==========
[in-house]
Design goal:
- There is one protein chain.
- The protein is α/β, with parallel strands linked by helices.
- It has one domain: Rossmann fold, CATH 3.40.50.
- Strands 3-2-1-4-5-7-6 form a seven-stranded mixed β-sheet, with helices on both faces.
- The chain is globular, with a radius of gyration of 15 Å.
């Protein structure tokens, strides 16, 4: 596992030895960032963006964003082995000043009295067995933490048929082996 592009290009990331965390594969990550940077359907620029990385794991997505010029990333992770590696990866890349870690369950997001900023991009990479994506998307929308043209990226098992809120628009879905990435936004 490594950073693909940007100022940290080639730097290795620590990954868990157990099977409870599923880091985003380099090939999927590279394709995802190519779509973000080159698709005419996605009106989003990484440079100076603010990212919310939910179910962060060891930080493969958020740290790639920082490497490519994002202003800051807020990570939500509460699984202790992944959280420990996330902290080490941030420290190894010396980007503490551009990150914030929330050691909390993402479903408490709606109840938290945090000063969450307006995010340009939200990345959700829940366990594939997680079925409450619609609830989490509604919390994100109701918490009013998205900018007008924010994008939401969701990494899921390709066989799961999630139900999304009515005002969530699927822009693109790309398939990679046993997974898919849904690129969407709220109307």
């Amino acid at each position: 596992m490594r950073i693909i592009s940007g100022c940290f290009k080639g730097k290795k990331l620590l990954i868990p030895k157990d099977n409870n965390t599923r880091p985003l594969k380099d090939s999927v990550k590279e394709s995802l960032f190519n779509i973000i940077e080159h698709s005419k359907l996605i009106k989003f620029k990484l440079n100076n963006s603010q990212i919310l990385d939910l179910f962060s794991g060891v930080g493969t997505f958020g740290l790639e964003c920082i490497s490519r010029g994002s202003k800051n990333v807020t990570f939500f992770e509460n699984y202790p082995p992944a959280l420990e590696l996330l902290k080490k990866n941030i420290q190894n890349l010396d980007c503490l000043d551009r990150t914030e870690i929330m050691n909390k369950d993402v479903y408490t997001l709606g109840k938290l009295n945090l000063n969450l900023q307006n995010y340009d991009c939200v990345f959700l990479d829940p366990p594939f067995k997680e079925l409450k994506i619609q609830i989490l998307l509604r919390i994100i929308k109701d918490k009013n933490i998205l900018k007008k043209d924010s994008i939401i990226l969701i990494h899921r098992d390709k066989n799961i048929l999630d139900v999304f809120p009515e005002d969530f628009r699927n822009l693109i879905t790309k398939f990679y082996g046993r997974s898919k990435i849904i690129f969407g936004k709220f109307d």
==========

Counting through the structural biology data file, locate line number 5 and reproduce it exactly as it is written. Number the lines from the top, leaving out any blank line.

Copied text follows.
- It has one domain: Rossmann fold, CATH 3.40.50.